ISAKOS: 2019 Congress in Cancun, Mexico

2019 ISAKOS Biennial Congress ePoster #1023


Risk Factors for Postoperative Osteochondritis Dissecans of the Lateral Femoral Condyle After Meniscal Surgery in Juvenile Patients with a Discoid Lateral Meniscus

Yusuke Hashimoto, MD, PhD, Osaka JAPAN
Shinya Yamasaki, MD, PhD, Osaka JAPAN
Junsei Takigami, MD, PhD, Osaka JAPAN
Tomohiro Tomihara, MD, Kobe, Hyogo JAPAN
Kazuya Nishino, MD, Osaka JAPAN
Hiroaki Nakamura, Prof., Osaka JAPAN

Osaka City University Graduate School of Medicine, Osaka, JAPAN

FDA Status Not Applicable


Reshaping surgery can reduce the postoperative OCD after the surgery with discoid lateral meniscus patients



Although arthroscopic total or subtotal meniscectomy for discoid lateral meniscus (DLM) lead to degenerative changes of the affected knee, the prevalence of postoperative osteochondritis dissecans (OCD) after DLM surgery in juvenile patients has not been well documented.Our purpose was to assess the prevalence of postoperative OCD and the risk factors associated with it after meniscal surgery (saucerization, saucerization with repair, or subtotal meniscectomy) for juvenile DLM.


Ninety patients (103 knees) with a mean age of 11.8 years who underwent arthroscopic meniscal surgery for DLM were enrolled an average of 3.9 years after surgery. Surgical procedure were performed with saucerization, saucerization with repair, or subtotal meniscectomy depending on the type of tear in DLM. Postoperative OCD lesions were identified radiographically and graded using the Brückl classification. Age, sex, preoperative OCD, Tegner activity scale (TAS), and surgical procedure type were compared between the two groups (postoperative OCD occurrence vs no occurrence).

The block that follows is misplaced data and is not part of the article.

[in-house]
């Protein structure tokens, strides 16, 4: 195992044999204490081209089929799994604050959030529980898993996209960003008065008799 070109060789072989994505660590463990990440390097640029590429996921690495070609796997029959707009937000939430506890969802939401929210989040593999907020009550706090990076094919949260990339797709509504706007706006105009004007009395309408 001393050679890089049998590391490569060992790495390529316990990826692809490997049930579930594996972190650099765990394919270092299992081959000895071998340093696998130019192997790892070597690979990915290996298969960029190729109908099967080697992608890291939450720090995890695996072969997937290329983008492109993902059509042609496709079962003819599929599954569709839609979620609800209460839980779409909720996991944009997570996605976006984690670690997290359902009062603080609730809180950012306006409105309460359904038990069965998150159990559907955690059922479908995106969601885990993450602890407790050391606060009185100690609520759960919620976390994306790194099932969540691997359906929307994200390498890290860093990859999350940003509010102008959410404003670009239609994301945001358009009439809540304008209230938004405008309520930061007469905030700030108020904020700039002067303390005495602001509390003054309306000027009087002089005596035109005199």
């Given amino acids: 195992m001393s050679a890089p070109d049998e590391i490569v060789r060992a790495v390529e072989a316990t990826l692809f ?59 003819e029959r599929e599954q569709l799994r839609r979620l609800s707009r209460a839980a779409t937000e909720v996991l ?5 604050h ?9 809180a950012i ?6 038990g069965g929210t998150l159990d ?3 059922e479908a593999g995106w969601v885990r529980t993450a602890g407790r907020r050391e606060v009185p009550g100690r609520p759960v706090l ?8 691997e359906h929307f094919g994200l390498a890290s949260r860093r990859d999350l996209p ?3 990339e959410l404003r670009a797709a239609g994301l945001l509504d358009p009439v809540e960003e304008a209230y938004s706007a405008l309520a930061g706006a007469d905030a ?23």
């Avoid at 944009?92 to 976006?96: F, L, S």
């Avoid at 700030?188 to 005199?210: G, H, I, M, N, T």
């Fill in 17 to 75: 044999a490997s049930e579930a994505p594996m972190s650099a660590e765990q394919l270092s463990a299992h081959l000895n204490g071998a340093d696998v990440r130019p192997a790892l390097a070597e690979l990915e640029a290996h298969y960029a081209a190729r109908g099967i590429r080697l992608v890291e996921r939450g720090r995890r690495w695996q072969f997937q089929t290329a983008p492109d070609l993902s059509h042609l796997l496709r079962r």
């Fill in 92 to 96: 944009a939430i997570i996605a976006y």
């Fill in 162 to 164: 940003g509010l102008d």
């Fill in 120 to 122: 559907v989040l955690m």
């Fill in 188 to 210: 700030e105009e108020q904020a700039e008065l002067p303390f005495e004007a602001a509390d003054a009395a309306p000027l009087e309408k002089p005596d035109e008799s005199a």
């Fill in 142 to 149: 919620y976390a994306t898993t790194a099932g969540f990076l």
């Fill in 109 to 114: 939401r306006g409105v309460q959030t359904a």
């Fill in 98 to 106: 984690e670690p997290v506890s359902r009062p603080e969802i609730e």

Postoperative OCD occurred in 12/103 (11.7%) knees after DLM surgery. The prevalence of postoperative OCD was significantly greater in those under the age of 10 compared with those 11 and older, and in males compared with females on univariate analyses. On multivariate analyses adjusted for age and sex, postoperative OCD occurred more commonly with subtotal meniscectomy than with reshaping surgery, and more when the TAS was 7 or over at the time of return to sports than with a TAS of 6 or under. The patients who had postoperative OCD underwent their surgery at an average age of 9.2 (range, 7 to 13) years. Postoperative OCD occurred in 1.5–5 years after surgery, at the average age of 12.2 (range, 11 to 15) years.


Postoperative OCD occurred in 12 of 103 knees after meniscal surgery for DLM. Although male sex and a younger age were predictive factors for postoperative OCD occurrence, reshaping surgery was associated with a decreased occurrence of postoperative OCD.